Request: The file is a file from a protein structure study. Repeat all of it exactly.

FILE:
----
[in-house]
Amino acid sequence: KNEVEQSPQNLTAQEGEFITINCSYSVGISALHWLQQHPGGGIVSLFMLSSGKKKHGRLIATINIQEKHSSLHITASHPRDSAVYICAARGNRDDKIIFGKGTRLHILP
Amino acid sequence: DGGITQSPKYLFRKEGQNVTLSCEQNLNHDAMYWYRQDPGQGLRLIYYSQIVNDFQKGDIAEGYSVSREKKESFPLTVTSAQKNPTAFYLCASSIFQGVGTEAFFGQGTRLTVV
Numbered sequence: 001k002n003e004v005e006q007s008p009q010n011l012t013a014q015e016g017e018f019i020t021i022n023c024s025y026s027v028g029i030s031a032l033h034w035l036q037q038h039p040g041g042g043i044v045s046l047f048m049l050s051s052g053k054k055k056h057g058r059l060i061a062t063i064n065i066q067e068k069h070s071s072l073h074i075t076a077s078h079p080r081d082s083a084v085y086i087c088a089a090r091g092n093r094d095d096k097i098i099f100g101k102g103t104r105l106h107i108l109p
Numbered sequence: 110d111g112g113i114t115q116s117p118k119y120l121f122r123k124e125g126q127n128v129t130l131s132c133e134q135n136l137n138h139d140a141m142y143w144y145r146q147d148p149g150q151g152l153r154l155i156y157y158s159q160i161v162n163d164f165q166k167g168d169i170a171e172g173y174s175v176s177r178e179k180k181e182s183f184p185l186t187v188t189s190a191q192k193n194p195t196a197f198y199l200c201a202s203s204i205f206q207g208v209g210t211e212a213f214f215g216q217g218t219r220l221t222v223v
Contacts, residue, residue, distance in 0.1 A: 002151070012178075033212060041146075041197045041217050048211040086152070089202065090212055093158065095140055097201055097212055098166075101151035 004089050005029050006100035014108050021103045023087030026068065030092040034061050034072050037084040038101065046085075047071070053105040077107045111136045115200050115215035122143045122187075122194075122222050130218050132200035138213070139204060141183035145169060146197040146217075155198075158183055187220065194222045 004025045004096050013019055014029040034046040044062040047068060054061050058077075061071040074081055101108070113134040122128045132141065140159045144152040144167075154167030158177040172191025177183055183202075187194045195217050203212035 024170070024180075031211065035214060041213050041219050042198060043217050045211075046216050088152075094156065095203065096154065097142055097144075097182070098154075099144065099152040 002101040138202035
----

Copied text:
[in-house]
Amino acid sequence: KNEVEQSPQNLTAQEGEFITINCSYSVGISALHWLQQHPGGGIVSLFMLSSGKKKHGRLIATINIQEKHSSLHITASHPRDSAVYICAARGNRDDKIIFGKGTRLHILP
Amino acid sequence: DGGITQSPKYLFRKEGQNVTLSCEQNLNHDAMYWYRQDPGQGLRLIYYSQIVNDFQKGDIAEGYSVSREKKESFPLTVTSAQKNPTAFYLCASSIFQGVGTEAFFGQGTRLTVV
Numbered sequence: 001k002n003e004v005e006q007s008p009q010n011l012t013a014q015e016g017e018f019i020t021i022n023c024s025y026s027v028g029i030s031a032l033h034w035l036q037q038h039p040g041g042g043i044v045s046l047f048m049l050s051s052g053k054k055k056h057g058r059l060i061a062t063i064n065i066q067e068k069h070s071s072l073h074i075t076a077s078h079p080r081d082s083a084v085y086i087c088a089a090r091g092n093r094d095d096k097i098i099f100g101k102g103t104r105l106h107i108l109p
Numbered sequence: 110d111g112g113i114t115q116s117p118k119y120l121f122r123k124e125g126q127n128v129t130l131s132c133e134q135n136l137n138h139d140a141m142y143w144y145r146q147d148p149g150q151g152l153r154l155i156y157y158s159q160i161v162n163d164f165q166k167g168d169i170a171e172g173y174s175v176s177r178e179k180k181e182s183f184p185l186t187v188t189s190a191q192k193n194p195t196a197f198y199l200c201a202s203s204i205f206q207g208v209g210t211e212a213f214f215g216q217g218t219r220l221t222v223v
Contacts, residue, residue, distance in 0.1 A: 002151070012178075033212060041146075041197045041217050048211040086152070089202065090212055093158065095140055097201055097212055098166075101151035 004089050005029050006100035014108050021103045023087030026068065030092040034061050034072050037084040038101065046085075047071070053105040077107045111136045115200050115215035122143045122187075122194075122222050130218050132200035138213070139204060141183035145169060146197040146217075155198075158183055187220065194222045 004025045004096050013019055014029040034046040044062040047068060054061050058077075061071040074081055101108070113134040122128045132141065140159045144152040144167075154167030158177040172191025177183055183202075187194045195217050203212035 024170070024180075031211065035214060041213050041219050042198060043217050045211075046216050088152075094156065095203065096154065097142055097144075097182070098154075099144065099152040 002101040138202035